Felix Klein, one of the great nineteenth-century geometers, rediscovered in mathematics an idea from Eastern philosophy: the heaven of Indra contained a net of pearls, each of which was reflected in its neighbour, so that the whole Universe was mirrored in each pearl. Klein studied infinitely repeated reflections and was led to forms with multiple co-existing symmetries. For a century these ideas barely existed outside the imagination of mathematicians. However in the 1980s the authors embarked on the first computer exploration of Klein's vision, and in doing so found many further extraordinary images. Join the authors on the path from basic mathematical ideas to the simple algorithms that create the delicate fractal filigrees, most of which have never appeared in print before. Beginners can follow the step-by-step instructions for writing programs that generate the images. Others can see how the images relate to ideas at the forefront of research.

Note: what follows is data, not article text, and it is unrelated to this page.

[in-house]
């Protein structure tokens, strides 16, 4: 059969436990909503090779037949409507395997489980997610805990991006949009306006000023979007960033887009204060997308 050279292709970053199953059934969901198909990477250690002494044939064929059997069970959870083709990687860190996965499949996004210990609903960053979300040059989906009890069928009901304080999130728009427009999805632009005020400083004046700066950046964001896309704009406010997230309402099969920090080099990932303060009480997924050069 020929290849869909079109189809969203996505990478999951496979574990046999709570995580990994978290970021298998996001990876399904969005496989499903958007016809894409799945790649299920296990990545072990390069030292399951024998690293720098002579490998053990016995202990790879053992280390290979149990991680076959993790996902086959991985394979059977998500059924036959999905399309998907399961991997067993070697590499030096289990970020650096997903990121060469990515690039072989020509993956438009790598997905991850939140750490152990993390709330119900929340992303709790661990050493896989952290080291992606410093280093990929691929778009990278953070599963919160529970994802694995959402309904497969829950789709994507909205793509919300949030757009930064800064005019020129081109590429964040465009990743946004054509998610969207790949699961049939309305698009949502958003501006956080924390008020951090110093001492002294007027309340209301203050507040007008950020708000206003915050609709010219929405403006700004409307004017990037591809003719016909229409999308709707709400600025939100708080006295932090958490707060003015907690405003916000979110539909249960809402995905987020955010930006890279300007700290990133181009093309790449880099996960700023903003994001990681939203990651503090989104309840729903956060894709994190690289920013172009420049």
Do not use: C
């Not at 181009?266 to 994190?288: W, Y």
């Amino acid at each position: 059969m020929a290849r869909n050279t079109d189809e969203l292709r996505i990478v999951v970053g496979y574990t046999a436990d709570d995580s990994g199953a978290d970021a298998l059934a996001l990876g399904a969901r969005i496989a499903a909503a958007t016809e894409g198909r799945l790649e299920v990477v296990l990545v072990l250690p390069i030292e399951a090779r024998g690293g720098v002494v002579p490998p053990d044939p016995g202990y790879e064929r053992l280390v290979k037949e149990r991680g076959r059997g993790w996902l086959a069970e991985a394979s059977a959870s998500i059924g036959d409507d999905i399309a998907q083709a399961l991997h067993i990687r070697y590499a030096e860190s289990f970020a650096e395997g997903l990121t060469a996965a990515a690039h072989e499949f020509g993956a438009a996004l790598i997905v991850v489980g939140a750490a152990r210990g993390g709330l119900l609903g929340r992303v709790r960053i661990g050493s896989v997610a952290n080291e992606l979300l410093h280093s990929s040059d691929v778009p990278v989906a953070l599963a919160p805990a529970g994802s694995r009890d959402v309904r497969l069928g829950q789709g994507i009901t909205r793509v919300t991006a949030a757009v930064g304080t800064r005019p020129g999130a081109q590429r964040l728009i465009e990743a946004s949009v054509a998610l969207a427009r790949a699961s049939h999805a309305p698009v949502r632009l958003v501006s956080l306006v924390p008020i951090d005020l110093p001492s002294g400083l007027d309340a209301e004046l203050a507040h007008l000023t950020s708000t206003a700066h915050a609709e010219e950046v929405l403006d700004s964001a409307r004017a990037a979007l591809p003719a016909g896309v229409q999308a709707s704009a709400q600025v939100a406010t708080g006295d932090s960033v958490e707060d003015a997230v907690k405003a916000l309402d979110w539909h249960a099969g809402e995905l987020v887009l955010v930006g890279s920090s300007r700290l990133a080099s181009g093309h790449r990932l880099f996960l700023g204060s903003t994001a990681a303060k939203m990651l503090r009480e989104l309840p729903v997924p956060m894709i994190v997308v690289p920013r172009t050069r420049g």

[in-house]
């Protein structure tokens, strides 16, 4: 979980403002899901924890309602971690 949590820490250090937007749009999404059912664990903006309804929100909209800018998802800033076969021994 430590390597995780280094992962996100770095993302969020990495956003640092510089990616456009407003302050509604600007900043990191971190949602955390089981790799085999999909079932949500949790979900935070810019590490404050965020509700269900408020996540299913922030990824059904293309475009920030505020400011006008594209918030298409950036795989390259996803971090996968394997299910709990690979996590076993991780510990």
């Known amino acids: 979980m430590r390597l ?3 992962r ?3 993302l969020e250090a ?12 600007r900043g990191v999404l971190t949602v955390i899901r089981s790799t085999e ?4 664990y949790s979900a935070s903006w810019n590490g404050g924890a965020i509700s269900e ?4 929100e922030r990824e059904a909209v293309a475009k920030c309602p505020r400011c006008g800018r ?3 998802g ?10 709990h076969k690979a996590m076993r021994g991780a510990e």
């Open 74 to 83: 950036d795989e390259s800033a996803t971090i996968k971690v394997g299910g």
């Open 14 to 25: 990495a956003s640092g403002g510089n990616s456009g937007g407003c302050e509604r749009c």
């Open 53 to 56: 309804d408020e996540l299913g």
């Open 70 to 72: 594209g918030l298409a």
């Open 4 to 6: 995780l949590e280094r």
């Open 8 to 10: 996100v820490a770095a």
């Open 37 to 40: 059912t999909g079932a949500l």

'I rarely feel a certain kind of euphoria by just looking at the cover of a mathematics book. But that happened with Indra's Pearls: The Vision of Felix Klien ... fantastic illustrations together with apparently well founded mathematical explanations. and that presented in an accessible way, which dares to prioritize general comprehension above a strict theoretical approach ... As far as I know this book is one of the most beautiful examples of the illustration of the inherent aesthetic beauty (which exists)within mathematics ... the images are of the highest quality obtainable at present for mathematical structures. Everyone, who ever tried to create something comparable, knows how difficult it is.' Juergen Richter-Gebert, Technische Universitaet Muenchen 'I truly enjoyed reading Indra's Pearls. I am sure that the book will have a major impact on the way we teach geometry and dynamics ... a jewel that will more than repay the persistent reader's efforts.' Science 'The production of the book leaves nothing to be desired. It is splendid. Printed entirely on glossy paper, with practically all of the many figures in glorious color, the book has a number of admirable design features: large type and wide margins wherein references are given and occasional comments (often quite talky) are made. CU Press has done a beautiful job, and David Tranah of the CU Press deserves special commendation for his role in pulling out all the stops.' SIAM News 'This unique book can serve as a pedagogical and visual introduction to group theory for school children, and yet is just as suitable for professional mathematicians: I believe that both of them would read the book from the beginning to the end. Finally, it can be used as a book for popularising science, but is very different from most fashionable books on strings, black holes, etc.: it gives you the joy of seeing, thinking and understanding.' EMS 'It has been a great please to read such a gracefully written, original book of mathematics. In the academic world the book could be used as the basis of a college course on 'chaos and fractals', or read as an introduction to group actions, or read just for enjoyment by graduate students and, not least, by professors. The three authors, with the support of Cambridge University press, have produced a book that it as handsome in physical appearance as its content is stimulating and accessible. The book is an exemplar of its genre and a singular contribution to the contemporary mathematics literature.' AMS 'This is a beautifully presented book, rich in mathematical gems.' The Mathematical Gazette 'One can browse through the numerous beautiful and fascinating pictures and marvel at them. ... Readers with widely different backgrounds will find something enjoyable in this unique book.' Acta Scientiarum Mathematicarum